This week the chain also launched a new call center for phone-in orders to free up restaurant hosts to focus more on in-store guests. Phoned-in orders account for about 12 percent of sales, Federico said, and the new call center is expected to drive higher ticket averages.

The company is also accelerating remodeling plans for the brand, and is currently testing a remodeled store in Dallas that has outperformed other units in that market by 5 percent to 6 percent, he said.

The company is expecting to invest roughly $25 million in capital in 2012, mostly to accelerate the remodel of Bistro locations.

Pei Wei: The company’s secondary chain gets high scores for price value, Federico said, but research shows that the menu doesn’t include enough items in the $3 to $6 range.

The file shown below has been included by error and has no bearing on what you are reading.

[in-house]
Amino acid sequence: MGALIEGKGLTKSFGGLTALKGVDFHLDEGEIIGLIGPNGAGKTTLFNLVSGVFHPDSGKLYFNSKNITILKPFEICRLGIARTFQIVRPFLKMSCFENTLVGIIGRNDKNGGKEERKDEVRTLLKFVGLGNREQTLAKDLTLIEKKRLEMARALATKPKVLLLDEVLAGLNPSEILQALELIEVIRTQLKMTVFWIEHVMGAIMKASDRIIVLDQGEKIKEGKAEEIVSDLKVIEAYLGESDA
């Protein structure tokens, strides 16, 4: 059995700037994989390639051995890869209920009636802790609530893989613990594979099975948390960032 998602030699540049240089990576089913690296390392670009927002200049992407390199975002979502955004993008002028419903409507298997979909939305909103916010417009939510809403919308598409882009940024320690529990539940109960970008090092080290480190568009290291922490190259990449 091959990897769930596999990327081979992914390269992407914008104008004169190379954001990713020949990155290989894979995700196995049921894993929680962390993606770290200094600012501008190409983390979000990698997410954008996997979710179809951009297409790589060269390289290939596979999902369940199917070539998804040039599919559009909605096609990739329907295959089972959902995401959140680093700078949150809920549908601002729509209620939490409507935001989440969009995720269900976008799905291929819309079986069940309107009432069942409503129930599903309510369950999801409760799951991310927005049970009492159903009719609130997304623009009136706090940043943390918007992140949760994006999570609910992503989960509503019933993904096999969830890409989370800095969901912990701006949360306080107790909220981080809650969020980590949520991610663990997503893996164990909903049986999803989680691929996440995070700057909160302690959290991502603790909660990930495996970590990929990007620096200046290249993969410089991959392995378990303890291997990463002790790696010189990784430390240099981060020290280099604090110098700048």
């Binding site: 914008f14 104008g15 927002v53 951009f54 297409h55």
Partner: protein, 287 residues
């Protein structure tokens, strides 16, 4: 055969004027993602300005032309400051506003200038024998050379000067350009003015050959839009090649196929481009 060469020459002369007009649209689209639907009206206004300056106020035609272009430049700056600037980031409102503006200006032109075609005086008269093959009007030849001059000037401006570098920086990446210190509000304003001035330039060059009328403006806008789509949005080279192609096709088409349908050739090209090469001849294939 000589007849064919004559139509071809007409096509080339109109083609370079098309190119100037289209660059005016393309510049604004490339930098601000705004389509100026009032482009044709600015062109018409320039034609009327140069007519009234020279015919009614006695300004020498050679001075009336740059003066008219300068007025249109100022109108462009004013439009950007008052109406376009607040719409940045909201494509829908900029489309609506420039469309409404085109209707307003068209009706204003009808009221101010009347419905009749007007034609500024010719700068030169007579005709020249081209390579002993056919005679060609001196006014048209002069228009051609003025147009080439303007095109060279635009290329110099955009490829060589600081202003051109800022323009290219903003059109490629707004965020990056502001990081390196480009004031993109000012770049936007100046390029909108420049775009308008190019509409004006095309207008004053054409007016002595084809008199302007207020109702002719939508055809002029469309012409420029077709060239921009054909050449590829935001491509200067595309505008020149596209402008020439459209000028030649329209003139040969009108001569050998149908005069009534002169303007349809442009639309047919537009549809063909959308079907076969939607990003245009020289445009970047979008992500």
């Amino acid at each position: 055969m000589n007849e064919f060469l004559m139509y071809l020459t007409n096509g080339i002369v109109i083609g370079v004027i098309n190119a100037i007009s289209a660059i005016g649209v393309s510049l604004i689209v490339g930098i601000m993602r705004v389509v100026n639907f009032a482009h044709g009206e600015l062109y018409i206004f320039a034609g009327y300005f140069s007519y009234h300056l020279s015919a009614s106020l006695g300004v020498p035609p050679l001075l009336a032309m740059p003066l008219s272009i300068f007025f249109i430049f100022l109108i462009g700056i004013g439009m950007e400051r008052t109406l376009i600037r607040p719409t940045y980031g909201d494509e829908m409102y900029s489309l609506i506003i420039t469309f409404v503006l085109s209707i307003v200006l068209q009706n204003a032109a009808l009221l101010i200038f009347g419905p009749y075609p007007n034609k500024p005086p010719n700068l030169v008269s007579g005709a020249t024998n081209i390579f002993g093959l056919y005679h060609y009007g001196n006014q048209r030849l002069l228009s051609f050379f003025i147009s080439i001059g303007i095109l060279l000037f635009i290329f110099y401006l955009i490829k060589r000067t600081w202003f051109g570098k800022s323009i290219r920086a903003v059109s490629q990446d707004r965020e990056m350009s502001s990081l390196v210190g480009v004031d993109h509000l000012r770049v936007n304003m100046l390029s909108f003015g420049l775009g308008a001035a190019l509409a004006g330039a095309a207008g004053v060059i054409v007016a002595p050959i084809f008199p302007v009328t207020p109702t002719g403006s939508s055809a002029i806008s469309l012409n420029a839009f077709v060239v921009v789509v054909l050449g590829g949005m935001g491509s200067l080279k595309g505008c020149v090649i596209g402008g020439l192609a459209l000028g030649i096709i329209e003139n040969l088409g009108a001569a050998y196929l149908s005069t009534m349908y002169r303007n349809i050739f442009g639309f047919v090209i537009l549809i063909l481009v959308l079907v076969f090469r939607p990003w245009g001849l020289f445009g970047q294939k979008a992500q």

The chain is testing a new lunch menu offering called “Pei Wei Select” that includes slightly smaller portions, combined with a spring roll, soup or slaw. The combo is being tested in seven locations and has been well received, Federico said.

In August, the chain will introduce Pei Wei Select at lunch and dinner in two large markets with a $6.25 to $6.50 price range. The culinary team is working on more dishes that would fall between $2.95 and $4.95, such as a lemongrass chicken noodle salad for $3.95.

The company has also had success with the return of a caramel chicken limited-time offer. In the fall, a Thai Basil Chicken will be introduced for a limited time.

In October, the chain will launch a marketing initiative to highlight key brand attributes such as freshness and quality.

Pei Wei will also undergo remodels, particularly older locations among the 10-year-old chain.